The LTI standard becomes part of every major LMS

Is your LMS LTI-compliant?

With the growing acceptance of the Learning Tools Interoperability (LTI) standard, and the 2.0 version on the horizon, LMS platforms are becoming more fluid, with content flowing in and out via many third-party tools.

LTI provides an open, standard way for third-party tools to connect to any LMS (Learning Management Systems); and a wide range of outside software can be implemented. Also, as an open standard, it avoids vendor lock-in. This means that if a school migrates to another LMS, existing third-party tools that are LTI-compliant will continue to work with the new system without needing to tinker any further.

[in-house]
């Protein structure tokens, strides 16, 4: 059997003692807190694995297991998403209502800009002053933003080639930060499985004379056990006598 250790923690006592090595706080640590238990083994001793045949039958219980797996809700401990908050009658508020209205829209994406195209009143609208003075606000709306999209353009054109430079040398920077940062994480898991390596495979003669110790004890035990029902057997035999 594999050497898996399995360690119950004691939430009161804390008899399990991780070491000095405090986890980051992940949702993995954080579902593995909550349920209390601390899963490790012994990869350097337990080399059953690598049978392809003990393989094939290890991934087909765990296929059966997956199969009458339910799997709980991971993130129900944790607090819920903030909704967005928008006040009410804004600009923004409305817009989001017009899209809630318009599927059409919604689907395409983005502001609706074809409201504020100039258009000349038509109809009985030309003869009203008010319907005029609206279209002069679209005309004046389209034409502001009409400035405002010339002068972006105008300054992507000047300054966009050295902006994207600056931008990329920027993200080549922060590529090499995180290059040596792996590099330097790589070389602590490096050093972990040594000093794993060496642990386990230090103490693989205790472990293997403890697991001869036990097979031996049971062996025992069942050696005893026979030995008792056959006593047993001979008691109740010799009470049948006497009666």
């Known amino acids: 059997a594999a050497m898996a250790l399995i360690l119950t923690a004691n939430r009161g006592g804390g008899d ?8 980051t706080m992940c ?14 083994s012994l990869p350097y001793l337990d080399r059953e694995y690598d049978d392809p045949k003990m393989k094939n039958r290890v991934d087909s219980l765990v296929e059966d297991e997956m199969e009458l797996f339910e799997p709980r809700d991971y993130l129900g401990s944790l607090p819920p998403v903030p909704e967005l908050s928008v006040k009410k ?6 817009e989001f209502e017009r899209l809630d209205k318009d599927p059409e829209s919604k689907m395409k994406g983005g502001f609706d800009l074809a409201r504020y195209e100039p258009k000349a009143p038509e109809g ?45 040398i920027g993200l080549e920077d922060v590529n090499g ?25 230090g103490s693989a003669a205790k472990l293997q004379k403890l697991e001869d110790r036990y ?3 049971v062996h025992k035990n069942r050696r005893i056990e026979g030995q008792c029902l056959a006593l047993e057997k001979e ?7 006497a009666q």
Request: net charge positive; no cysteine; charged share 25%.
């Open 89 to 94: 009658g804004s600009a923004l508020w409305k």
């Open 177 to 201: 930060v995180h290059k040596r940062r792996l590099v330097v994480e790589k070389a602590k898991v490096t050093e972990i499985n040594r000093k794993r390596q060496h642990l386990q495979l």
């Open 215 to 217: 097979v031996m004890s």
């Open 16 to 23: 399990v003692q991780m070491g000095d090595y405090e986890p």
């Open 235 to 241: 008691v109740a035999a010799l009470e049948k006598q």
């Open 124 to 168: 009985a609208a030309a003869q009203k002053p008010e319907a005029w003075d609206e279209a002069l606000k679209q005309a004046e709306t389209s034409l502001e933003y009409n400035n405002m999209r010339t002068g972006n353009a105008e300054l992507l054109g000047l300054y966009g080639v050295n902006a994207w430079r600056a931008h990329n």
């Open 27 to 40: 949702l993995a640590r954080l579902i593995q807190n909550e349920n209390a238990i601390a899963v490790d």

Samples of third-party applications that are sitting out on the cloud include the video capture program Panopto; the digital storytelling and collaboration app VoiceThread, the anti-plagiarism software known as Turnitin, and an asynchronous learning tool called YouSeeU that can be used for online student presentations and discussions.

The Canvas LMS is leading the LTI charge. It maintains an LTI directory of compliant applications at edu-apps.org, listing over 125 apps. Included are familiar names like YouTube, Khan Academy, Twitter, WordPress, McGraw Hill Campus, CourseSmart, Ted Ed, Wikipedia and DropBox. Some apps require an administrator to install them, but others are designed for a user to plug into the LMS themselves.

A list of both platforms and tools that are certified to be LTI-compliant is maintained at www.imsglobal.org/lti/.

Some large institutions, like the University of Michigan and Western Governors University, are already building according to LTI standards.

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